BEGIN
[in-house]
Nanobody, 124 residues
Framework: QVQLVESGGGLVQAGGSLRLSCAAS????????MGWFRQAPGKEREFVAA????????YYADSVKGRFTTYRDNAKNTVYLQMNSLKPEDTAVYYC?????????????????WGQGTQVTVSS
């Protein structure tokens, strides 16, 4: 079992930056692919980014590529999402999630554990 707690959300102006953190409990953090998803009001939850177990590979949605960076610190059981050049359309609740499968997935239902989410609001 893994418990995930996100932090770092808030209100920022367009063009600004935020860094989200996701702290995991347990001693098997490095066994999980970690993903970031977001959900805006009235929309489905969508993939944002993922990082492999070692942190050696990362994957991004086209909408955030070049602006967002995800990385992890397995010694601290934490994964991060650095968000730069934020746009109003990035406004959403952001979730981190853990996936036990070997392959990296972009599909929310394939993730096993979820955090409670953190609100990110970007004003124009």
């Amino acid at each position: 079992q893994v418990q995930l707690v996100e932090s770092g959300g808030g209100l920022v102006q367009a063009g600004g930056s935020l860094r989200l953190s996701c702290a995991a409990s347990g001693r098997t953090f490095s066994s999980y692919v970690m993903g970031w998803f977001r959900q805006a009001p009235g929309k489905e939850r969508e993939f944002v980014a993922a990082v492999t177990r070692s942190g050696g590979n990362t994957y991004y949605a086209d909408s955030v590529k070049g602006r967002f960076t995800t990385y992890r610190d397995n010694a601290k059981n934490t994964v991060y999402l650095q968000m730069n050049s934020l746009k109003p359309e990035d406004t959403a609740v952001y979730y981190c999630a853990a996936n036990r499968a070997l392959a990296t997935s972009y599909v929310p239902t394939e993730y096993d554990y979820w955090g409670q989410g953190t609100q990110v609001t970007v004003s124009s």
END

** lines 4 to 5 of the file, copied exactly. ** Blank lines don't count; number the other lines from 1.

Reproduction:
């Protein structure tokens, strides 16, 4: 079992930056692919980014590529999402999630554990 707690959300102006953190409990953090998803009001939850177990590979949605960076610190059981050049359309609740499968997935239902989410609001 893994418990995930996100932090770092808030209100920022367009063009600004935020860094989200996701702290995991347990001693098997490095066994999980970690993903970031977001959900805006009235929309489905969508993939944002993922990082492999070692942190050696990362994957991004086209909408955030070049602006967002995800990385992890397995010694601290934490994964991060650095968000730069934020746009109003990035406004959403952001979730981190853990996936036990070997392959990296972009599909929310394939993730096993979820955090409670953190609100990110970007004003124009």
């Amino acid at each position: 079992q893994v418990q995930l707690v996100e932090s770092g959300g808030g209100l920022v102006q367009a063009g600004g930056s935020l860094r989200l953190s996701c702290a995991a409990s347990g001693r098997t953090f490095s066994s999980y692919v970690m993903g970031w998803f977001r959900q805006a009001p009235g929309k489905e939850r969508e993939f944002v980014a993922a990082v492999t177990r070692s942190g050696g590979n990362t994957y991004y949605a086209d909408s955030v590529k070049g602006r967002f960076t995800t990385y992890r610190d397995n010694a601290k059981n934490t994964v991060y999402l650095q968000m730069n050049s934020l746009k109003p359309e990035d406004t959403a609740v952001y979730y981190c999630a853990a996936n036990r499968a070997l392959a990296t997935s972009y599909v929310p239902t394939e993730y096993d554990y979820w955090g409670q989410g953190t609100q990110v609001t970007v004003s124009s």